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An auto accident lawyer tells you what No Fault insurance you should buy

March 1, 2016 by Steven M. Gursten

Why you should elect primary PIP on your car insurance

Primary PIP car insurance, image

Yesterday, I wrote about Allstate’s new $10,000 deductible on No Fault medical benefits. It’s the result of the Michigan Legislature removing the $300 maximum medical deductible from the No Fault Act a few years ago. And now, we’re starting to see auto insurance companies introducing significantly higher No Fault deductibles. This is going to cause terrible problems for many people when get injured in serious automobile accidents and can’t afford the medical deductibles that they have. The problem with these high No Fault deductibles is that they’re going to appeal most to the people who can least afford them if they ever do get injured in a car accident.

Which leads me to today’s blog. People always ask me what kind of auto insurance they should buy.  I always talk about the importance of uninsured and underinsured motorist (UM/UIM) benefits, no matter what kind of auto insurance you have. No one ever thinks they will be hurt in a terrible car crash.  But for thousands of people every year, this is precisely what happens and having UM and UIM coverage becomes critically important to protect yourself from all of the uninsured drivers on the road today.

And then I talk about making sure you’re buying primary and not coordinated auto coverage. That’s when I start getting the blank looks.

Most people have never heard of primary PIP No Fault. Unless you’re a lawyer who litigates these motor vehicle accident cases, or an insurance claims adjuster (or married to a lawyer or adjuster), chances are you’ve never heard of primary No Fault PIP either. But it’s one of the best things you can do to protect yourself and your family if a car accident occurs.

Most auto insurers separate medical and wage loss based on which insurer pays first: Either the auto insurer, the health insurer, or the short- and long-term disability insurers. The one that pays first is “primary.” The one that pays second is “coordinated” or “excess” to the one that pays first.  Almost everyone today has coordinated (excess) auto No Fault policies in Michigan.

For example, here’s an example I see so often with my own clients. Let’s say you have a coordinated (excess) medical and primary wage loss on your auto No Fault insurance policy.  This means for medical expenses, your health insurer pays first and then your auto insurer pays the balance for all medical bills incurred if you’re injured in a motor vehicle accident. For wage loss, even if you have a short-term disability plan, the auto insurer will still pay your full wage loss, regardless of the disability plan.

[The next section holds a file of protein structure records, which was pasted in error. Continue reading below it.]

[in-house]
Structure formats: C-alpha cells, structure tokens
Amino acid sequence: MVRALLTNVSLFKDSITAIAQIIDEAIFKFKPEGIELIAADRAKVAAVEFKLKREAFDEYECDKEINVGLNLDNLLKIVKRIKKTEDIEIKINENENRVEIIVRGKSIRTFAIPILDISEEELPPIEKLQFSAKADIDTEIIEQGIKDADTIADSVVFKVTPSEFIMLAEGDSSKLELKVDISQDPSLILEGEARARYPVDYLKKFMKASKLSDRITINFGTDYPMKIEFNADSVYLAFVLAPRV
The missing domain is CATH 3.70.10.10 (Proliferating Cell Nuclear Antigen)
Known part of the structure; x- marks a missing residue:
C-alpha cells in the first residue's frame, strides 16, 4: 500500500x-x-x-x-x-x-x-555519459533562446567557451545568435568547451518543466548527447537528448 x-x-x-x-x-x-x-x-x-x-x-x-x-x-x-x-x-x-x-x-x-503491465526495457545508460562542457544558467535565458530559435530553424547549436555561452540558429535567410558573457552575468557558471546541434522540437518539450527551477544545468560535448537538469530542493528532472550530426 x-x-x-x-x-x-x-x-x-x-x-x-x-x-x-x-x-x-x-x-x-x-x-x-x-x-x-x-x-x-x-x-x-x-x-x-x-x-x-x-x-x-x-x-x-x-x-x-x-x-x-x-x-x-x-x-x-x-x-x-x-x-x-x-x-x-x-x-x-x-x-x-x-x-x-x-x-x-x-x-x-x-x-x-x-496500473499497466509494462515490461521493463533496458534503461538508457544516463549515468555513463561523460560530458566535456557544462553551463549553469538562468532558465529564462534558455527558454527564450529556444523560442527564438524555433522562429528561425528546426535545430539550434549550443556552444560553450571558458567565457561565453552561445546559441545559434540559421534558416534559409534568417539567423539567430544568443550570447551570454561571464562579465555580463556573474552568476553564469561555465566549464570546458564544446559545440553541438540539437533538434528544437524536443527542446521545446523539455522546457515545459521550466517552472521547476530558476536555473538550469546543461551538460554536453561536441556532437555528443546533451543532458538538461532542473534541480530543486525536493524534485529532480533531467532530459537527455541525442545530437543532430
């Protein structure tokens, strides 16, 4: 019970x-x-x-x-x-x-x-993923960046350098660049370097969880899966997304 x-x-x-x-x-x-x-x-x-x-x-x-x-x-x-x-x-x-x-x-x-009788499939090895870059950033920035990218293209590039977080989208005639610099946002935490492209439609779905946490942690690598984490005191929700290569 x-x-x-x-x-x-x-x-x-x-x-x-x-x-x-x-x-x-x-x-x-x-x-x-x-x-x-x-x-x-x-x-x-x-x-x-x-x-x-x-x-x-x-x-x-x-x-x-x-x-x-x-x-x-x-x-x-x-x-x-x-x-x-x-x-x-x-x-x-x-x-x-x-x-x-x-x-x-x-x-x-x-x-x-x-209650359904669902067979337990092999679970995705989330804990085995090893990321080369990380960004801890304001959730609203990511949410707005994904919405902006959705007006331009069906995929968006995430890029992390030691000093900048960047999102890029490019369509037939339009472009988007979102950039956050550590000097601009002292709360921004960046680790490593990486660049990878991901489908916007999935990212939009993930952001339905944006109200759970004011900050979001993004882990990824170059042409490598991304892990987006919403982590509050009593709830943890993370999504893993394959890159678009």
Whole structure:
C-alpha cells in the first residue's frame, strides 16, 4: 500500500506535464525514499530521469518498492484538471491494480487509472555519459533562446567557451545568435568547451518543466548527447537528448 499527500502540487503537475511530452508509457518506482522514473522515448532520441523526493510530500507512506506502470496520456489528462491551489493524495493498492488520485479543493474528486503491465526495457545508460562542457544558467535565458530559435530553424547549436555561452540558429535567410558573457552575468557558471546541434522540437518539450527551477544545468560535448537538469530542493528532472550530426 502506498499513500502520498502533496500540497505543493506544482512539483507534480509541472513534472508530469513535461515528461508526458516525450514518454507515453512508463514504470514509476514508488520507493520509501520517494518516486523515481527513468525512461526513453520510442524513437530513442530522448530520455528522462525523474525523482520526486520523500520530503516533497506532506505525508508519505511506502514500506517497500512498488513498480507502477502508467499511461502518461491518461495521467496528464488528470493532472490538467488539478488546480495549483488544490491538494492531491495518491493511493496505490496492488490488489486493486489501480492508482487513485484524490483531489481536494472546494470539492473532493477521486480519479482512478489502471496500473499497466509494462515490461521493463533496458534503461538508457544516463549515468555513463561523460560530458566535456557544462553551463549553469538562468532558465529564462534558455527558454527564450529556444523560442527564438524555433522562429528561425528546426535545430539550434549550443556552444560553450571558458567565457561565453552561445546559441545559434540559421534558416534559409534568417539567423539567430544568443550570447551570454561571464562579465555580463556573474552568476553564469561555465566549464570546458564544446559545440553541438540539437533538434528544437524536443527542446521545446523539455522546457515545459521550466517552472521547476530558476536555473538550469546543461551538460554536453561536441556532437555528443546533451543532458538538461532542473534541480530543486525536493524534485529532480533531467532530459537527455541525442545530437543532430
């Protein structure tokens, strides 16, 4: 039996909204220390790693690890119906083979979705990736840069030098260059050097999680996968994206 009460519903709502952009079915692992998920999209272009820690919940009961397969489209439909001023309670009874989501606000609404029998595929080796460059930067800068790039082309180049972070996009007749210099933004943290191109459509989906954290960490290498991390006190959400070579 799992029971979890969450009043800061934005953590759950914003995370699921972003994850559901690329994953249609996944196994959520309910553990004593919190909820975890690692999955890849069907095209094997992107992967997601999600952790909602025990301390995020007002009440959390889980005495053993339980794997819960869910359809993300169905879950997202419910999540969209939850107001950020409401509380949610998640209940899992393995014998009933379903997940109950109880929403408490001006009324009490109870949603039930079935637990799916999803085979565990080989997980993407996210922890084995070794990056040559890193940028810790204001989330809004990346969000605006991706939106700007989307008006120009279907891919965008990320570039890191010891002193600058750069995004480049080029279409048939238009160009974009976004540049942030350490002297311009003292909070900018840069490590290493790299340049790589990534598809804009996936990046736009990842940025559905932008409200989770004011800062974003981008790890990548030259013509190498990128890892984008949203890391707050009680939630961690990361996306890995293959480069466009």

This is what most people do. Most people elect coordinated insurance.  It’s so common that most auto insurance agents don’t even tell people about the possibility of electing primary coverage.

What our attorneys recommend

Our auto attorneys strongly recommend you elect primary coverage for both medical and wage loss through your No Fault auto insurer, even if you no longer have collision coverage and only have PLPD on your vehicle.

It’s more expensive, but if you’re ever injured in a car accident, incurring medical bills for treatment and collecting wage loss because you can’t return to work, it’s one of the best things you can ever do. It’s well worth the extra dollars to purchase primary PIP.

The reason is that so many people today who work for big employers and large corporations. These people have health insurance, but it’s through self-funded ERISA (Employee Retirement Income Security Act of 1974) health plans. A self-funded ERISA plan means the health insurer acts as a third-party administrator, not as the actual health insurer. The medical expenses are subject to rates that the health insurer has already negotiated. But at the end of the month, the employer actually reimburses the health insurer for the medical expenses. The health insurer makes its money in this scenario by charging and administration fee to the employer.  At the end of the negligence case, the ERISA plan wants its money back and by Federal law, your personal injury settlement – even for injury settlements for pain and suffering – is potentially at risk to reimburse the ERISA health plan.

Many short- and long-term disability plans are also self-funded ERISA plans, which creates a similar risk of a claw-back with your wage loss benefits if you’re unable to return to work after a car accident.

Here’s why primary No Fault is best

If the insured person has primary No Fault PIP benefits, then the auto insurer either must pay first or must reimburse the ERISA plan in the event the plan paid for any benefits (health or wage loss) on behalf of the insured.

If there are coordinated (excess) benefits, it creates a series of complicated and challenging legal problems for you and your attorney to protect your personal injury settlement. And the law is clearly getting worse in this regard.

Additionally, primary medical benefits allow the auto accident victim to seek medical treatment from pretty much wherever he or she wants. The auto accident victim also is not subject to treating with doctors who are only in the health insurance plan. This is especially beneficial when an auto accident victims have HMOs, which are extremely restrictive and make it difficult to receive prompt treatment and medical testing.

If I were an insurance rep today, I’d be asking one question of every person I sell insurance to: “Who is your employer?”  If that employer has an ERISA plan that covers employees, I would not let people leave my office until they’ve purchased primary No Fault coverage.  It is truly that important.

It’s a shame so few insurance agents even bother to ask these days.

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